What’s more, Gone with the Wind is an antiwar film at exactly the time an antiwar film was most dangerous. The United States in 1939 had a powerful “America First” movement led by the openly fascist Charles Lindbergh that prevented Roosevelt from declaring war on either Germany or Japan until the Japanese actually bombed Pearl Harbor and Hitler declared war on us. A film in which both romantic leading men hate the idea of war for different reasons, Ashley Wilkes because it would destroy the old South and Rhett Butler because it would destroy wealth, and which vividly depicted Southern “boys,” boys not men, crying for their mommies as their legs were sawed off without anesthesia, was rank “America First” propaganda. David O. Selznick, while Jewish, was strongly suggesting that a war against Hitler might just not be worth it. Let those Europeans take care of their own problems. We’ve already had our apocalyptic battles at Gettysburg and Atlanta. Why get American boys killed to save Poles, Frenchmen, Russians and East European Jews? Why upset a capitalist social order that had just been saved by a honey voiced Democratic Party aristocrat?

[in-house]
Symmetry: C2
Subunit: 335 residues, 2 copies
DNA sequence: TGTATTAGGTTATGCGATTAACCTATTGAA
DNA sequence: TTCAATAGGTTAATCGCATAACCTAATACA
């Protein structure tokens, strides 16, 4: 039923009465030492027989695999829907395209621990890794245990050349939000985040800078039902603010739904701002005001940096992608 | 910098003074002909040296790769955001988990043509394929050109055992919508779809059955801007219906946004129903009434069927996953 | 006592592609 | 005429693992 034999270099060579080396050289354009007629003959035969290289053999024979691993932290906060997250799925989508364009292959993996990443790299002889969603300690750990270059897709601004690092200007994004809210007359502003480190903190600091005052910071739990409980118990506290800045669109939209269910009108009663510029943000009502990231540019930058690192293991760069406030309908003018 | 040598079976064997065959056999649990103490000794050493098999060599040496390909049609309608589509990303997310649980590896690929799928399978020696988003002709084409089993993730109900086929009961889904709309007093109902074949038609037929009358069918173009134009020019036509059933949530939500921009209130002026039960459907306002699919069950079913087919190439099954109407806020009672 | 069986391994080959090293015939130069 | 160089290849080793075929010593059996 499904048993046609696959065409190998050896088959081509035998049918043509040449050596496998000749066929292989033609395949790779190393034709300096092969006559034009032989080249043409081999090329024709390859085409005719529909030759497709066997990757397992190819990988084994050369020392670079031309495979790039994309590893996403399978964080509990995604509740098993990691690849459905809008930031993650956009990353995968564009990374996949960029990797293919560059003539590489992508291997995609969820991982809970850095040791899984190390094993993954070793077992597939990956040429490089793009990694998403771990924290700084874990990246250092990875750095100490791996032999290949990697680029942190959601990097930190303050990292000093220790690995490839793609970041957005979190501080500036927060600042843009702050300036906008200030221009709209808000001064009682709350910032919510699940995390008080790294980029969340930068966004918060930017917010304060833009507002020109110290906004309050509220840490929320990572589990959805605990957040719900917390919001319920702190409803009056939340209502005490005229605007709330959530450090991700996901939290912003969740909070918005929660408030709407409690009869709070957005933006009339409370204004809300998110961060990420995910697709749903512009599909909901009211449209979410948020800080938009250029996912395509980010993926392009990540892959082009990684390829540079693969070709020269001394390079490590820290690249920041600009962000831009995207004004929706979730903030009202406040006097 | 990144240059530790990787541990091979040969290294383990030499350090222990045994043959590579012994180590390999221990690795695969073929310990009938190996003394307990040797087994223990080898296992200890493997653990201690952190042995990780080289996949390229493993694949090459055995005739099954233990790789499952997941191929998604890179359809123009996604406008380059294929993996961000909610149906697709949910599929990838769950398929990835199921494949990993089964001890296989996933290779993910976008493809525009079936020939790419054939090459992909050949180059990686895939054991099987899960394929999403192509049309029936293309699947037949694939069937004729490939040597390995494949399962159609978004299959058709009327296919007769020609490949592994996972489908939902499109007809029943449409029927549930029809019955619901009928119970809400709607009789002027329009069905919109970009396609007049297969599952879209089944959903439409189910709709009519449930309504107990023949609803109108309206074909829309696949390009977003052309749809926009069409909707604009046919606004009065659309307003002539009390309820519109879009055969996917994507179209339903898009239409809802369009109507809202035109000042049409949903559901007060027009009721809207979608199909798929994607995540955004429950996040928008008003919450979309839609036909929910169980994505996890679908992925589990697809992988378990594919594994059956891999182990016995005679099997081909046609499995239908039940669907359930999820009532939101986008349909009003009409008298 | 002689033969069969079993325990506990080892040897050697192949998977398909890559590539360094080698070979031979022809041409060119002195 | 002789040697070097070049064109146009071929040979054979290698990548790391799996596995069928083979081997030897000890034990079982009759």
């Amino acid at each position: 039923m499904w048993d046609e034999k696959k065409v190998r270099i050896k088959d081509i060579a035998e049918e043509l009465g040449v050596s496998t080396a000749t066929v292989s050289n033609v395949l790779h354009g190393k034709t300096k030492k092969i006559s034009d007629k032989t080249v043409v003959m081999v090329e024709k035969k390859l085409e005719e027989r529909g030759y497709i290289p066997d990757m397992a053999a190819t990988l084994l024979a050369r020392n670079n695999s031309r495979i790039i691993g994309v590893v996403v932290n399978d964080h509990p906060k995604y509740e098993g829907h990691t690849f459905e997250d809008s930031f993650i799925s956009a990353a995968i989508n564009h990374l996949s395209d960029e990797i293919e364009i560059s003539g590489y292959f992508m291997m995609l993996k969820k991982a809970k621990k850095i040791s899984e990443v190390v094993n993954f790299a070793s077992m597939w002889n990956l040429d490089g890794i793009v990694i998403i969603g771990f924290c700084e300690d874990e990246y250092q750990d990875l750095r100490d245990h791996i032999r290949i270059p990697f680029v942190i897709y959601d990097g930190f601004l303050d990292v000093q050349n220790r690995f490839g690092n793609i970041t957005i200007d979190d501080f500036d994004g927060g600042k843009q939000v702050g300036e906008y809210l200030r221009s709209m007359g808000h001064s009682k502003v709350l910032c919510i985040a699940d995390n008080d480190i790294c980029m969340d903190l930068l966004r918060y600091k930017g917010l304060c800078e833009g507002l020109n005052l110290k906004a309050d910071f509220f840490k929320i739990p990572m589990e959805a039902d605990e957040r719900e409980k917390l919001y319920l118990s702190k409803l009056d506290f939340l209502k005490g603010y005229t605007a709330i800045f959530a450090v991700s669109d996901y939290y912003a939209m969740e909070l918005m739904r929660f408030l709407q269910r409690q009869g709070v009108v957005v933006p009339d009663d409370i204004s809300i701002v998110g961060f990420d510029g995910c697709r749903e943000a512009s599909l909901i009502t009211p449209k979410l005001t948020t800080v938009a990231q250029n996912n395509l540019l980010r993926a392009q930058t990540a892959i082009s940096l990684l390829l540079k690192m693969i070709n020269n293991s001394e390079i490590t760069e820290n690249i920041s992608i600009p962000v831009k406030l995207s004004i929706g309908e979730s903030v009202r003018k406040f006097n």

Hitler and the Nazis, of course, loved Gone with the Wind. How could they not love a film so firmly on the side of an aristocratic racial hierarchy? Ironically, while we never see Vivian Leigh and Leslie Howard kiss in Gone with the Wind –Ashley has Scarlett solidly in the “friend zone,” stringing her along for his own ego — it would have meant the death penalty in Nazi Germany. Leslie Howard, born Leslie Howard Steiner, was a Hungarian Jew from London, and sexual, or even platonic, romantic relations between Jews and Aryans had been outlawed in 1935 by the Nuremberg Laws. Perhaps that’s why Hitler’s air force found Howard’s DC-3 flying in 1943 flying over the Bay of Biscay and shot it down. It wasn’t the Yankees who killed Ashley Wilkes. It was the Nazis.

News of the air disaster rocked Britain, and delighted the Nazi propaganda minister, Dr Goebbels. Leslie Howard, while at the pinnacle of Hollywood success as the star of The Scarlet Pimpernel, Pygmalion and Gone With The Wind, had sacrificed his royalties, bought himself out of his contract, and returned to Britain in 1939, to work for the war effort. He made propaganda films for the Ministry of Information, and on his own initiative directed and starred in two films that had irritated Goebbels: Pimpernel Smith, about freeing young Jewish refugees from the Nazis, and The First Of The Few, about the designer of the Spitfire, which bolstered morale during the Battle of Britain. He broadcast letters to America designed to bring neutral USA onside, and had visited Ireland on a bridge-building mission to the anti-British premier Eamon de Valera.